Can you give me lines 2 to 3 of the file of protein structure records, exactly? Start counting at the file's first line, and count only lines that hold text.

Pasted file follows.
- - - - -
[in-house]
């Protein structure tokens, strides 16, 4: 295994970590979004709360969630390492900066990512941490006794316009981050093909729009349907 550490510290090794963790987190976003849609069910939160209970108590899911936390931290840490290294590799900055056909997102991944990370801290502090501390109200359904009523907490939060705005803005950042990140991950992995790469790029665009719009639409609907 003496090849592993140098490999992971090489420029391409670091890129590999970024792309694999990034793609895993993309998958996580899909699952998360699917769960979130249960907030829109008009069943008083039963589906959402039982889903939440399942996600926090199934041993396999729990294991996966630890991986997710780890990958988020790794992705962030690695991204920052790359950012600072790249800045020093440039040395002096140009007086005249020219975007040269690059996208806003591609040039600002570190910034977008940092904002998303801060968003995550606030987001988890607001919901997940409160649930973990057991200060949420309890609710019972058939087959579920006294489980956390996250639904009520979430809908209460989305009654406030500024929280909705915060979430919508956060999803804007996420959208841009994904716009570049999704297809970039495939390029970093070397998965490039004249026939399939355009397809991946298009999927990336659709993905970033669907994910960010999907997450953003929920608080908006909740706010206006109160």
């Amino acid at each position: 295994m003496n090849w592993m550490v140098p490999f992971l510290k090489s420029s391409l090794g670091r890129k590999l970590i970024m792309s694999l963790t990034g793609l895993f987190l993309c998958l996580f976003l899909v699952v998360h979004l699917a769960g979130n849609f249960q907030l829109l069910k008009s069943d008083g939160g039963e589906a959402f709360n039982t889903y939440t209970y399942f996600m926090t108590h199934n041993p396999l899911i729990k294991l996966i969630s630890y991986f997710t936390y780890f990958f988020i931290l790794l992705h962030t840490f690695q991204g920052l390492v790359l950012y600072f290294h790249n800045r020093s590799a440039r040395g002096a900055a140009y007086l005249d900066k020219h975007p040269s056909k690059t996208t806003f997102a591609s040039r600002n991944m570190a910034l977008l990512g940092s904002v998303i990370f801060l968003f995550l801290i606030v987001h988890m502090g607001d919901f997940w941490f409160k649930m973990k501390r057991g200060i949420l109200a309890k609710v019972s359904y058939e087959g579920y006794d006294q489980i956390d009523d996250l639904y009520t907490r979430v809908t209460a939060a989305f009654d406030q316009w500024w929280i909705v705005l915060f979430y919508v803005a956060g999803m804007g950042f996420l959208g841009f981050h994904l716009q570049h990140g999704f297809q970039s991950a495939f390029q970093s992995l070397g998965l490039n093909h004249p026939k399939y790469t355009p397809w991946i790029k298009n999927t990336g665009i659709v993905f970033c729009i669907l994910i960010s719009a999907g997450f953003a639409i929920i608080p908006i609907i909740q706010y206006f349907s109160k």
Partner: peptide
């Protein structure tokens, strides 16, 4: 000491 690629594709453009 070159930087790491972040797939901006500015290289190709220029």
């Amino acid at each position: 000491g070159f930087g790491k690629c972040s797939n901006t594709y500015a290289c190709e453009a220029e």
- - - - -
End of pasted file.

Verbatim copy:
């Protein structure tokens, strides 16, 4: 295994970590979004709360969630390492900066990512941490006794316009981050093909729009349907 550490510290090794963790987190976003849609069910939160209970108590899911936390931290840490290294590799900055056909997102991944990370801290502090501390109200359904009523907490939060705005803005950042990140991950992995790469790029665009719009639409609907 003496090849592993140098490999992971090489420029391409670091890129590999970024792309694999990034793609895993993309998958996580899909699952998360699917769960979130249960907030829109008009069943008083039963589906959402039982889903939440399942996600926090199934041993396999729990294991996966630890991986997710780890990958988020790794992705962030690695991204920052790359950012600072790249800045020093440039040395002096140009007086005249020219975007040269690059996208806003591609040039600002570190910034977008940092904002998303801060968003995550606030987001988890607001919901997940409160649930973990057991200060949420309890609710019972058939087959579920006294489980956390996250639904009520979430809908209460989305009654406030500024929280909705915060979430919508956060999803804007996420959208841009994904716009570049999704297809970039495939390029970093070397998965490039004249026939399939355009397809991946298009999927990336659709993905970033669907994910960010999907997450953003929920608080908006909740706010206006109160």
């Amino acid at each position: 295994m003496n090849w592993m550490v140098p490999f992971l510290k090489s420029s391409l090794g670091r890129k590999l970590i970024m792309s694999l963790t990034g793609l895993f987190l993309c998958l996580f976003l899909v699952v998360h979004l699917a769960g979130n849609f249960q907030l829109l069910k008009s069943d008083g939160g039963e589906a959402f709360n039982t889903y939440t209970y399942f996600m926090t108590h199934n041993p396999l899911i729990k294991l996966i969630s630890y991986f997710t936390y780890f990958f988020i931290l790794l992705h962030t840490f690695q991204g920052l390492v790359l950012y600072f290294h790249n800045r020093s590799a440039r040395g002096a900055a140009y007086l005249d900066k020219h975007p040269s056909k690059t996208t806003f997102a591609s040039r600002n991944m570190a910034l977008l990512g940092s904002v998303i990370f801060l968003f995550l801290i606030v987001h988890m502090g607001d919901f997940w941490f409160k649930m973990k501390r057991g200060i949420l109200a309890k609710v019972s359904y058939e087959g579920y006794d006294q489980i956390d009523d996250l639904y009520t907490r979430v809908t209460a939060a989305f009654d406030q316009w500024w929280i909705v705005l915060f979430y919508v803005a956060g999803m804007g950042f996420l959208g841009f981050h994904l716009q570049h990140g999704f297809q970039s991950a495939f390029q970093s992995l070397g998965l490039n093909h004249p026939k399939y790469t355009p397809w991946i790029k298009n999927t990336g665009i659709v993905f970033c729009i669907l994910i960010s719009a999907g997450f953003a639409i929920i608080p908006i609907i909740q706010y206006f349907s109160k």